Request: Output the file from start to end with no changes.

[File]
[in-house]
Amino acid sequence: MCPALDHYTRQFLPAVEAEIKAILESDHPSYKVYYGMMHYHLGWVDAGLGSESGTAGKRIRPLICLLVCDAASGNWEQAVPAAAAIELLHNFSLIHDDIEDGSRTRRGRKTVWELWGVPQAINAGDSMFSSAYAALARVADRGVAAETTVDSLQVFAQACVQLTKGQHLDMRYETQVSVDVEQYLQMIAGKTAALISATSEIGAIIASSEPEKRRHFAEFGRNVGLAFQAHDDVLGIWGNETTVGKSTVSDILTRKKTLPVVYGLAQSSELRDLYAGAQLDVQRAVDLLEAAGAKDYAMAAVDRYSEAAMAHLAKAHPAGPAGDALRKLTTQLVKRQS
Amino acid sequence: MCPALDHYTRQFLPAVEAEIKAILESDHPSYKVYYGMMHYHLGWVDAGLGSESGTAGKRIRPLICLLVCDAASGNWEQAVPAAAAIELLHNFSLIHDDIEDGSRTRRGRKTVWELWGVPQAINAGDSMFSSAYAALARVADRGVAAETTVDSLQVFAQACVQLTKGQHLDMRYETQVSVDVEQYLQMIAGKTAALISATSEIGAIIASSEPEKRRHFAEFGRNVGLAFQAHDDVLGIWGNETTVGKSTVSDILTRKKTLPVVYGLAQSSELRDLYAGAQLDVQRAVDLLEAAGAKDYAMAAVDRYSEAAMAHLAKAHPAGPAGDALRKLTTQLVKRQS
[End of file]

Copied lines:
[in-house]
Amino acid sequence: MCPALDHYTRQFLPAVEAEIKAILESDHPSYKVYYGMMHYHLGWVDAGLGSESGTAGKRIRPLICLLVCDAASGNWEQAVPAAAAIELLHNFSLIHDDIEDGSRTRRGRKTVWELWGVPQAINAGDSMFSSAYAALARVADRGVAAETTVDSLQVFAQACVQLTKGQHLDMRYETQVSVDVEQYLQMIAGKTAALISATSEIGAIIASSEPEKRRHFAEFGRNVGLAFQAHDDVLGIWGNETTVGKSTVSDILTRKKTLPVVYGLAQSSELRDLYAGAQLDVQRAVDLLEAAGAKDYAMAAVDRYSEAAMAHLAKAHPAGPAGDALRKLTTQLVKRQS
Amino acid sequence: MCPALDHYTRQFLPAVEAEIKAILESDHPSYKVYYGMMHYHLGWVDAGLGSESGTAGKRIRPLICLLVCDAASGNWEQAVPAAAAIELLHNFSLIHDDIEDGSRTRRGRKTVWELWGVPQAINAGDSMFSSAYAALARVADRGVAAETTVDSLQVFAQACVQLTKGQHLDMRYETQVSVDVEQYLQMIAGKTAALISATSEIGAIIASSEPEKRRHFAEFGRNVGLAFQAHDDVLGIWGNETTVGKSTVSDILTRKKTLPVVYGLAQSSELRDLYAGAQLDVQRAVDLLEAAGAKDYAMAAVDRYSEAAMAHLAKAHPAGPAGDALRKLTTQLVKRQS